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Author Topic: Logging Pirate Radio  (Read 2856 times)

Offline PRO2006

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Logging Pirate Radio
« on: August 14, 2018, 0055 UTC »
Etiquette question-

Is it OK to log from another's SDR? Until tonight I have only logged from my receiver. I might go to another SDR to listen to a show but not log it. The propagation normally peaks later here so we miss a lot on our QTH receivers.

I suspect its OK as long as its mentioned being logged from somewhere else. I imagine the transmitter would want to know their coverage area.
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Offline Andrew Yoder

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Re: Logging Pirate Radio
« Reply #1 on: August 14, 2018, 0119 UTC »
I do think it's necessary to list the SDR, but otherwise I'd much rather see SDR logs than none at all. The more the merrier!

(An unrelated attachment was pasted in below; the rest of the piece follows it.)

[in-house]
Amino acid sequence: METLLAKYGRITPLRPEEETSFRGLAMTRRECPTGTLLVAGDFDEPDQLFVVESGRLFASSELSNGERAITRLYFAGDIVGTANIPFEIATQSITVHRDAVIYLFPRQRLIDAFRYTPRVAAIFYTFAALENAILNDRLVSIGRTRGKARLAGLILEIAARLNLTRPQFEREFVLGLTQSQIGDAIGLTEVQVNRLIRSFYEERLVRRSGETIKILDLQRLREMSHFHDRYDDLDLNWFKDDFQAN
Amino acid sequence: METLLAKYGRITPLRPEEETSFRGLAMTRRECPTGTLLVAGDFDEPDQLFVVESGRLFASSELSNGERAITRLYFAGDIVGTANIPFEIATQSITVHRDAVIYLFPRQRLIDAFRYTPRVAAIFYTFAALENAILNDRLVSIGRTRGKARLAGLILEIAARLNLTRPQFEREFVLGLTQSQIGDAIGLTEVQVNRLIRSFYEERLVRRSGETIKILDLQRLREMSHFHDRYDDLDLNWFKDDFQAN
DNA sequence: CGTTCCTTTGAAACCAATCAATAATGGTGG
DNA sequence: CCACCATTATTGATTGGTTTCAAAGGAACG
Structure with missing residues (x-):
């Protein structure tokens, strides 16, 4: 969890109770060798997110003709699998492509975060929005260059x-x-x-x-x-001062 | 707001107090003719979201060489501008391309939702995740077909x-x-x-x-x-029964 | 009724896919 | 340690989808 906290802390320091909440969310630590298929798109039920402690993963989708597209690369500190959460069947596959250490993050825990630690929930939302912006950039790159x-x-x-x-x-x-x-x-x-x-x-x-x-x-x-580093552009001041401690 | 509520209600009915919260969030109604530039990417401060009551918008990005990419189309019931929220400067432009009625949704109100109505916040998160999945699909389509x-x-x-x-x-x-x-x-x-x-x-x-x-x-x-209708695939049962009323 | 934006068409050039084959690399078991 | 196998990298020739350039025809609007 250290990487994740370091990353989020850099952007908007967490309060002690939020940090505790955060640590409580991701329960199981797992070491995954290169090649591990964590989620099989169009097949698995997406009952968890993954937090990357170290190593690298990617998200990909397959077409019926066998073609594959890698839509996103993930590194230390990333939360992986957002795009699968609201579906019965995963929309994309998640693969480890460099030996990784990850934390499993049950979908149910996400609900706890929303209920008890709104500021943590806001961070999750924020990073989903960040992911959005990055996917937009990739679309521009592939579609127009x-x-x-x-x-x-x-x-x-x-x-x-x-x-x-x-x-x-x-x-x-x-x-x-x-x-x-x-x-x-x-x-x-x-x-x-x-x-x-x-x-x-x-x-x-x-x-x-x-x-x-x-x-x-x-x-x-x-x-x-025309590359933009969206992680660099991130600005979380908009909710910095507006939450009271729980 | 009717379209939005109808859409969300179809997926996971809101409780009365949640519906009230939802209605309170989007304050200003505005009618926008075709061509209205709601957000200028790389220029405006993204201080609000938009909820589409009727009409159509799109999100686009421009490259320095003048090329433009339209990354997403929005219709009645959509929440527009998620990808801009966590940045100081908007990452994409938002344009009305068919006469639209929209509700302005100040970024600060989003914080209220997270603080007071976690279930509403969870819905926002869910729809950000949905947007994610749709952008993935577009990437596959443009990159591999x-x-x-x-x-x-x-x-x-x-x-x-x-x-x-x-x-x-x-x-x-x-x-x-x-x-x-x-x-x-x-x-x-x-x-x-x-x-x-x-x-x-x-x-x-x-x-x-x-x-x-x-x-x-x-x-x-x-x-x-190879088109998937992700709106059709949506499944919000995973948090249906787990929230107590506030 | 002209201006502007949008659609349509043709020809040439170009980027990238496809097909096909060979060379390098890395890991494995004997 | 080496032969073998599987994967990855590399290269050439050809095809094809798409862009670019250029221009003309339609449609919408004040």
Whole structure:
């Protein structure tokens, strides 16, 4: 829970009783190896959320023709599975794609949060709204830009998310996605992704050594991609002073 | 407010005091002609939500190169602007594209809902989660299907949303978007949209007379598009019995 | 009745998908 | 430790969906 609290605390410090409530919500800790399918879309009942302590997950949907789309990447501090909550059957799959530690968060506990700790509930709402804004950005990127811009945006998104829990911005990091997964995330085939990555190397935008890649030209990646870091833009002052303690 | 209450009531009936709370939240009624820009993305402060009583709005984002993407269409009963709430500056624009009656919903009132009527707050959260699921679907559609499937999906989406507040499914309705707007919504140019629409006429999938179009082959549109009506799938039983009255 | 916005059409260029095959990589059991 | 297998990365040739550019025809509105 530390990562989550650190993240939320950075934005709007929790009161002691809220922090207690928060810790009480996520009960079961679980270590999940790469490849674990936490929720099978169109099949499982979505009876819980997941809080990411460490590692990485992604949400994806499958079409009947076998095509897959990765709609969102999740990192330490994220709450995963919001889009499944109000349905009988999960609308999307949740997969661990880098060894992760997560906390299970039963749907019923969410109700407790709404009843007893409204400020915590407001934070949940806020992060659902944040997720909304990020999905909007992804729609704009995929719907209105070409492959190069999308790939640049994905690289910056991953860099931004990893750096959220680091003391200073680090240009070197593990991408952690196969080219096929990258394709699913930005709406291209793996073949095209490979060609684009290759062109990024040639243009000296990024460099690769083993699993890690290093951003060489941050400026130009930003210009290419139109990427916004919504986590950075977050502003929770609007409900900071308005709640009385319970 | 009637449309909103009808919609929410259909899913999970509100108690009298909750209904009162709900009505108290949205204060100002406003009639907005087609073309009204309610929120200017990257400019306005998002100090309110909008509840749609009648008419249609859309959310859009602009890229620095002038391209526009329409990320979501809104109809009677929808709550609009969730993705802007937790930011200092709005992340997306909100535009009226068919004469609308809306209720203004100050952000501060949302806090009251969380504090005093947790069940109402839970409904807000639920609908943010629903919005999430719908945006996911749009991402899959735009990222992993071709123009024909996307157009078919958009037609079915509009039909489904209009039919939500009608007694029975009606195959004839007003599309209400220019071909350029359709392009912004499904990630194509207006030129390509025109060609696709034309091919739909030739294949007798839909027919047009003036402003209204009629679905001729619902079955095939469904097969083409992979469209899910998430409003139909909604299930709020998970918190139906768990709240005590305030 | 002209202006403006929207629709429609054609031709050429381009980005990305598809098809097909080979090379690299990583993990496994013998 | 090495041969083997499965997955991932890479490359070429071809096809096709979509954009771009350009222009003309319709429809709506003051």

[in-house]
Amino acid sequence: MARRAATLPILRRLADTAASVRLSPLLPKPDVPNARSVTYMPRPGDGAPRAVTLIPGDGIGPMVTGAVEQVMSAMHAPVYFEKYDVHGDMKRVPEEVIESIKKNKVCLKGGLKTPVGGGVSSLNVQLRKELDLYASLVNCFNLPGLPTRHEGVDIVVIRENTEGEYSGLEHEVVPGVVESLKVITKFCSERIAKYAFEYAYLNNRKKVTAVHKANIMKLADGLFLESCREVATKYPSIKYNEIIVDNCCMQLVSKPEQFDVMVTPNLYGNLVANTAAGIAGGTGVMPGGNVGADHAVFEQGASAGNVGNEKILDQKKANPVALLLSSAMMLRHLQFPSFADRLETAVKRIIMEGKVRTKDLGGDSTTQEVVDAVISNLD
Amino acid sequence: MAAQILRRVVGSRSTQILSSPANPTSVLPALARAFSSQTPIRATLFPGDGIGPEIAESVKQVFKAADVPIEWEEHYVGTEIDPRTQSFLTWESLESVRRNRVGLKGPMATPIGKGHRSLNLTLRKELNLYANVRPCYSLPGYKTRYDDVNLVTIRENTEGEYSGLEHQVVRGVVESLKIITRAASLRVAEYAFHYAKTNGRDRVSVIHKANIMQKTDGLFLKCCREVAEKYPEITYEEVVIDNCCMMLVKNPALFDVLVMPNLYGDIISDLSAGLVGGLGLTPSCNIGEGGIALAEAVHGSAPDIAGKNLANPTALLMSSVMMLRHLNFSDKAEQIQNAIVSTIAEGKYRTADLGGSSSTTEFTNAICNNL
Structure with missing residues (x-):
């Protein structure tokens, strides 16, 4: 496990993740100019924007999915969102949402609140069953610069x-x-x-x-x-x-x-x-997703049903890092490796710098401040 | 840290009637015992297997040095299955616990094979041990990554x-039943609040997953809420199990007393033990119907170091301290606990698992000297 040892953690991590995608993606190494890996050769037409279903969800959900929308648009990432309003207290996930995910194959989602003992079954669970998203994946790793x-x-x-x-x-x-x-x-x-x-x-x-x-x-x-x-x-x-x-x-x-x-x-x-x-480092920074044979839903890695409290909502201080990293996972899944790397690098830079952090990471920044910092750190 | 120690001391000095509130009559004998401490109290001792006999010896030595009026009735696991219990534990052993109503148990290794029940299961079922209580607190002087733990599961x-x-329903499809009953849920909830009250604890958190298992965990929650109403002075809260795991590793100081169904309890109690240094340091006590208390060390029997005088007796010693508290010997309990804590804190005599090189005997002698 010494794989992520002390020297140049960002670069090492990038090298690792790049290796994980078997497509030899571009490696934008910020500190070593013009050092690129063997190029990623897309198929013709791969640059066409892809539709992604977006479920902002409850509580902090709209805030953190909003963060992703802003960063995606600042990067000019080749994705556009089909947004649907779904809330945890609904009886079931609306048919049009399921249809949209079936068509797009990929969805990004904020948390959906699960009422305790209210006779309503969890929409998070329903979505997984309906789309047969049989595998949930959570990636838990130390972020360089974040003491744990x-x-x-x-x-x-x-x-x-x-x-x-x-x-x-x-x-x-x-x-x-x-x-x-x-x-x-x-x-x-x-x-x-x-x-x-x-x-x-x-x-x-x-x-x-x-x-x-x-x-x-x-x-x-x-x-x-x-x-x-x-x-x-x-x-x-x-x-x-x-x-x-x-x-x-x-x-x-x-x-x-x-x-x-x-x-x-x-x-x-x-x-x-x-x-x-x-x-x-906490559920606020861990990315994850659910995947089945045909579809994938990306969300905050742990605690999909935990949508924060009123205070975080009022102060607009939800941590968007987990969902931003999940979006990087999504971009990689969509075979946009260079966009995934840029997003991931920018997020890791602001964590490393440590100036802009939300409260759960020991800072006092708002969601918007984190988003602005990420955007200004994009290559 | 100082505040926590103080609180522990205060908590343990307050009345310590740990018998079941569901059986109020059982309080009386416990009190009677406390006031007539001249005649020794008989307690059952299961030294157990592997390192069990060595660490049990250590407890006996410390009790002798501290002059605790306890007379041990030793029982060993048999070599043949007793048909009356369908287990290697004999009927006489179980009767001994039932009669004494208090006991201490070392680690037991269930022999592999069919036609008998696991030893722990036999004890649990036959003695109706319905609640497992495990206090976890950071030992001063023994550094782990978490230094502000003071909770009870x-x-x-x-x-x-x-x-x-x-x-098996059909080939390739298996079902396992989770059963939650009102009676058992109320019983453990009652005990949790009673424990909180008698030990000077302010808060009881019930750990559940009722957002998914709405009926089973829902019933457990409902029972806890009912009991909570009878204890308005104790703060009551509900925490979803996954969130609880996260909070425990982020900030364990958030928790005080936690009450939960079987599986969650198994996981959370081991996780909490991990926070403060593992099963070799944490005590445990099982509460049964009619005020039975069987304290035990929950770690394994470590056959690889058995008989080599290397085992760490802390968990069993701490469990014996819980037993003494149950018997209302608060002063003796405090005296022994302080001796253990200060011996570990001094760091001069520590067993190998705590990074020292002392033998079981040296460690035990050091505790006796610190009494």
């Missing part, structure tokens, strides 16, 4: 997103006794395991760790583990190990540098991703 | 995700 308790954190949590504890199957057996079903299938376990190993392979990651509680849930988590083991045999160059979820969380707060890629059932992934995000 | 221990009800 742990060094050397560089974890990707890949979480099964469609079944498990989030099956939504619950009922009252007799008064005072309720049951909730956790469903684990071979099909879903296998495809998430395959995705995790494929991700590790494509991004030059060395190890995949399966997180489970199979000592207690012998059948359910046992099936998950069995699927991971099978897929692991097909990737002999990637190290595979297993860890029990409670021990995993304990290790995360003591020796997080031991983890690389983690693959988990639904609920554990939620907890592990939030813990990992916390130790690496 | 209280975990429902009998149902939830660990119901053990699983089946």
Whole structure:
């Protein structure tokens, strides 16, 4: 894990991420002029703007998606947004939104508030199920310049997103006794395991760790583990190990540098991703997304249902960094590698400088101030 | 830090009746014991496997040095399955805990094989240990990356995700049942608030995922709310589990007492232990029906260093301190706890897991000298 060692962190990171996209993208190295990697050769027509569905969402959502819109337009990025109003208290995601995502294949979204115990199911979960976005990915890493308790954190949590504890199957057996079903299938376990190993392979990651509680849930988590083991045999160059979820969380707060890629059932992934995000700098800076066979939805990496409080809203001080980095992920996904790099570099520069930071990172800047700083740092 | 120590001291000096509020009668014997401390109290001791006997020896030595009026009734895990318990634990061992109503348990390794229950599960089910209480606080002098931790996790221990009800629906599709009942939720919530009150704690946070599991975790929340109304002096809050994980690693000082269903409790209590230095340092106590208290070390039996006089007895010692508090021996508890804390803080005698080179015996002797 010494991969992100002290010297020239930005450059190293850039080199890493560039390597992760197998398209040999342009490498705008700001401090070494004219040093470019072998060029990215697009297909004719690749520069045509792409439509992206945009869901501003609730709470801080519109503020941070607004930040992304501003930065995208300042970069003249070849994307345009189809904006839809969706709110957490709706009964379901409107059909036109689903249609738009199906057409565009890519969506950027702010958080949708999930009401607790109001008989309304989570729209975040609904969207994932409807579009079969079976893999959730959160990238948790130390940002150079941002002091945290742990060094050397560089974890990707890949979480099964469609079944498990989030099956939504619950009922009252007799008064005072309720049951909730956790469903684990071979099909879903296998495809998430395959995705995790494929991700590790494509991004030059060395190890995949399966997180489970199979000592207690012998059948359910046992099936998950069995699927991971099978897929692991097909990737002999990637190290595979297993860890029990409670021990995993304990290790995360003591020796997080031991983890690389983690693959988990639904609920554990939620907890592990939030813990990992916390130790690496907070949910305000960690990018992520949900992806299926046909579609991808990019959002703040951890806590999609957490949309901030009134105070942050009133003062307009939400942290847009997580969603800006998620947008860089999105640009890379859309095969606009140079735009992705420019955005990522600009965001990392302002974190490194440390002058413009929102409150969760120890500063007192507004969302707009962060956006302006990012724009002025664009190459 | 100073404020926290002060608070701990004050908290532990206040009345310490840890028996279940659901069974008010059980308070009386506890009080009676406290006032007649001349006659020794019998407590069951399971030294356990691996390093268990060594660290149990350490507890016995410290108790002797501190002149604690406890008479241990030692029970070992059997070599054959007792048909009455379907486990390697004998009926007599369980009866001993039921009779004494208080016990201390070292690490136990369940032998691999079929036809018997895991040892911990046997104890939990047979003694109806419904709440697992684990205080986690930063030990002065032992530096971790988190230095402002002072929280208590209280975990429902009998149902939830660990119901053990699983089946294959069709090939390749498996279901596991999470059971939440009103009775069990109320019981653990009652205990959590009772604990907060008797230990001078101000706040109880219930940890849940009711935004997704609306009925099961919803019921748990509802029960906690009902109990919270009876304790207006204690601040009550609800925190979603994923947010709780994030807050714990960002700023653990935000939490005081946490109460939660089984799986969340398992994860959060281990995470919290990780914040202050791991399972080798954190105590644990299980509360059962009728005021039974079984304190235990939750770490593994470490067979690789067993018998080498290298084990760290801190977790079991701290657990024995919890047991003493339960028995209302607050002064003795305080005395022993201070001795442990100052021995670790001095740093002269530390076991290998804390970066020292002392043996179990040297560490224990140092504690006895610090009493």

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Offline MDK2

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Re: Logging Pirate Radio
« Reply #2 on: August 14, 2018, 0142 UTC »
Etiquette question-

Is it OK to log from another's SDR? Until tonight I have only logged from my receiver. I might go to another SDR to listen to a show but not log it. The propagation normally peaks later here so we miss a lot on our QTH receivers.

I suspect its OK as long as its mentioned being logged from somewhere else. I imagine the transmitter would want to know their coverage area.

I do it all the time. Being out west at a time when low SFI is forcing eastern based pirates to transmit in the day, I'd hear very little if I didn't hop on some SDRs in their range. As Andrew says, make sure to say that that's where you're listening. I believed I've even gotten QSL's from a couple based on remote SDR loggings, although who and when aren't coming immediately to mind. (I don't submit reports based on remote SDR logs, but sometimes they QSL based on HFU posts.)
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Offline Pigmeat

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Re: Logging Pirate Radio